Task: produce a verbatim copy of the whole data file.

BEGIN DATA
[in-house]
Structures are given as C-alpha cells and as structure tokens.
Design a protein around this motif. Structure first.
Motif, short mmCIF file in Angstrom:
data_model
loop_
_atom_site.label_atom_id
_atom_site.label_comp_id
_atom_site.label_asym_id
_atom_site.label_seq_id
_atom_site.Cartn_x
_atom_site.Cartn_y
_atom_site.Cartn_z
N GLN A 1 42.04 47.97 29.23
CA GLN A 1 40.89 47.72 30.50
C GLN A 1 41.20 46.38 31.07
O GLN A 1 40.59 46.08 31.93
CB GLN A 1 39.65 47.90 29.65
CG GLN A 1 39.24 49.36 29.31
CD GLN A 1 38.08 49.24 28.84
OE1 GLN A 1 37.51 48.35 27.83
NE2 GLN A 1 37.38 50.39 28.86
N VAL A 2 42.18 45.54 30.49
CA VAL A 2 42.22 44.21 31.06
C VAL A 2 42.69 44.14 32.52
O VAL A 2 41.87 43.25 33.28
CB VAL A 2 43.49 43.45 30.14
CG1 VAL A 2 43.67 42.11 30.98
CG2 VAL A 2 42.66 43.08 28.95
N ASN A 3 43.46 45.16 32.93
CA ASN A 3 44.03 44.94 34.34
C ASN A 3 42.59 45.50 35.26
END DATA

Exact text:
[in-house]
Structures are given as C-alpha cells and as structure tokens.
Design a protein around this motif. Structure first.
Motif, short mmCIF file in Angstrom:
data_model
loop_
_atom_site.label_atom_id
_atom_site.label_comp_id
_atom_site.label_asym_id
_atom_site.label_seq_id
_atom_site.Cartn_x
_atom_site.Cartn_y
_atom_site.Cartn_z
N GLN A 1 42.04 47.97 29.23
CA GLN A 1 40.89 47.72 30.50
C GLN A 1 41.20 46.38 31.07
O GLN A 1 40.59 46.08 31.93
CB GLN A 1 39.65 47.90 29.65
CG GLN A 1 39.24 49.36 29.31
CD GLN A 1 38.08 49.24 28.84
OE1 GLN A 1 37.51 48.35 27.83
NE2 GLN A 1 37.38 50.39 28.86
N VAL A 2 42.18 45.54 30.49
CA VAL A 2 42.22 44.21 31.06
C VAL A 2 42.69 44.14 32.52
O VAL A 2 41.87 43.25 33.28
CB VAL A 2 43.49 43.45 30.14
CG1 VAL A 2 43.67 42.11 30.98
CG2 VAL A 2 42.66 43.08 28.95
N ASN A 3 43.46 45.16 32.93
CA ASN A 3 44.03 44.94 34.34
C ASN A 3 42.59 45.50 35.26